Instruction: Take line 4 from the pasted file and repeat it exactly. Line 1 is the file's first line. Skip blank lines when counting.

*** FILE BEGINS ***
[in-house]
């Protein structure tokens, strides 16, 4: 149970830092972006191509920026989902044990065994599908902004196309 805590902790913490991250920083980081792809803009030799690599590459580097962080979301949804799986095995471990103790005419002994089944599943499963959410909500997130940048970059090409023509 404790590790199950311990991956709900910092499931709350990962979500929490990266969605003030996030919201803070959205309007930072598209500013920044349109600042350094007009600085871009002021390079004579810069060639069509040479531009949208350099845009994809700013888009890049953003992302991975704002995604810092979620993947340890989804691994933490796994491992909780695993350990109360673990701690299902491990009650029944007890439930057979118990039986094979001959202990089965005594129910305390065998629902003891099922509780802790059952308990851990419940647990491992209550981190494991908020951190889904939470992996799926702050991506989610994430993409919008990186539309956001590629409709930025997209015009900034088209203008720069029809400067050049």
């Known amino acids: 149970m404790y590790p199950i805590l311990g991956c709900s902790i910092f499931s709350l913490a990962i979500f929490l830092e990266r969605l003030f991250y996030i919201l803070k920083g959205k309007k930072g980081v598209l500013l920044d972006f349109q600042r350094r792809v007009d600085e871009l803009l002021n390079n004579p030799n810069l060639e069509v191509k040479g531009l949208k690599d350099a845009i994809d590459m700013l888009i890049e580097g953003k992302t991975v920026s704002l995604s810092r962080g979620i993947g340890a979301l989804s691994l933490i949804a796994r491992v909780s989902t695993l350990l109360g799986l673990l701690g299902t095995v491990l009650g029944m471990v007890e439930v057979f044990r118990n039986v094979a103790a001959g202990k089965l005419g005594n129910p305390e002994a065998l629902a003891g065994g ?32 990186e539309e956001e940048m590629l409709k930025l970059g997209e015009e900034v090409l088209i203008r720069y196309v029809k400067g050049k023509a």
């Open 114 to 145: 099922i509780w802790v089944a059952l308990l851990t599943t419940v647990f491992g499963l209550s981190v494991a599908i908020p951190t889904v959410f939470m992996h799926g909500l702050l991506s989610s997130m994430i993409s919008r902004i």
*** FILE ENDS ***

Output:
């Open 114 to 145: 099922i509780w802790v089944a059952l308990l851990t599943t419940v647990f491992g499963l209550s981190v494991a599908i908020p951190t889904v959410f939470m992996h799926g909500l702050l991506s989610s997130m994430i993409s919008r902004i």